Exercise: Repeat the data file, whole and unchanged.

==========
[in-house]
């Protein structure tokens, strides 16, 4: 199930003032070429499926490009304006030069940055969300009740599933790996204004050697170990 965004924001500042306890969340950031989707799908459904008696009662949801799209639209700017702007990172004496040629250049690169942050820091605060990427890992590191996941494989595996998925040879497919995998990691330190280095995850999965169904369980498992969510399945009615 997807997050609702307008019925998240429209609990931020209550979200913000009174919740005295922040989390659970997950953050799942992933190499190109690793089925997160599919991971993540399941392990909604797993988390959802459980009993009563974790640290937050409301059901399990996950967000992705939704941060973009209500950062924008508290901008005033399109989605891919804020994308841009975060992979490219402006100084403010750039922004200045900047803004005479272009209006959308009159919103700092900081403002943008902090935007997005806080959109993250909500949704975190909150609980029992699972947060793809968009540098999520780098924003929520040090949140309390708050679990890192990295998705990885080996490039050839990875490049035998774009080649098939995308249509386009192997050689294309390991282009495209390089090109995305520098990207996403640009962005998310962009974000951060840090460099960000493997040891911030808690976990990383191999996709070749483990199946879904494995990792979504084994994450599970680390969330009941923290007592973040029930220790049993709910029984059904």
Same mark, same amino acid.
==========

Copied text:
[in-house]
């Protein structure tokens, strides 16, 4: 199930003032070429499926490009304006030069940055969300009740599933790996204004050697170990 965004924001500042306890969340950031989707799908459904008696009662949801799209639209700017702007990172004496040629250049690169942050820091605060990427890992590191996941494989595996998925040879497919995998990691330190280095995850999965169904369980498992969510399945009615 997807997050609702307008019925998240429209609990931020209550979200913000009174919740005295922040989390659970997950953050799942992933190499190109690793089925997160599919991971993540399941392990909604797993988390959802459980009993009563974790640290937050409301059901399990996950967000992705939704941060973009209500950062924008508290901008005033399109989605891919804020994308841009975060992979490219402006100084403010750039922004200045900047803004005479272009209006959308009159919103700092900081403002943008902090935007997005806080959109993250909500949704975190909150609980029992699972947060793809968009540098999520780098924003929520040090949140309390708050679990890192990295998705990885080996490039050839990875490049035998774009080649098939995308249509386009192997050689294309390991282009495209390089090109995305520098990207996403640009962005998310962009974000951060840090460099960000493997040891911030808690976990990383191999996709070749483990199946879904494995990792979504084994994450599970680390969330009941923290007592973040029930220790049993709910029984059904």
Same mark, same amino acid.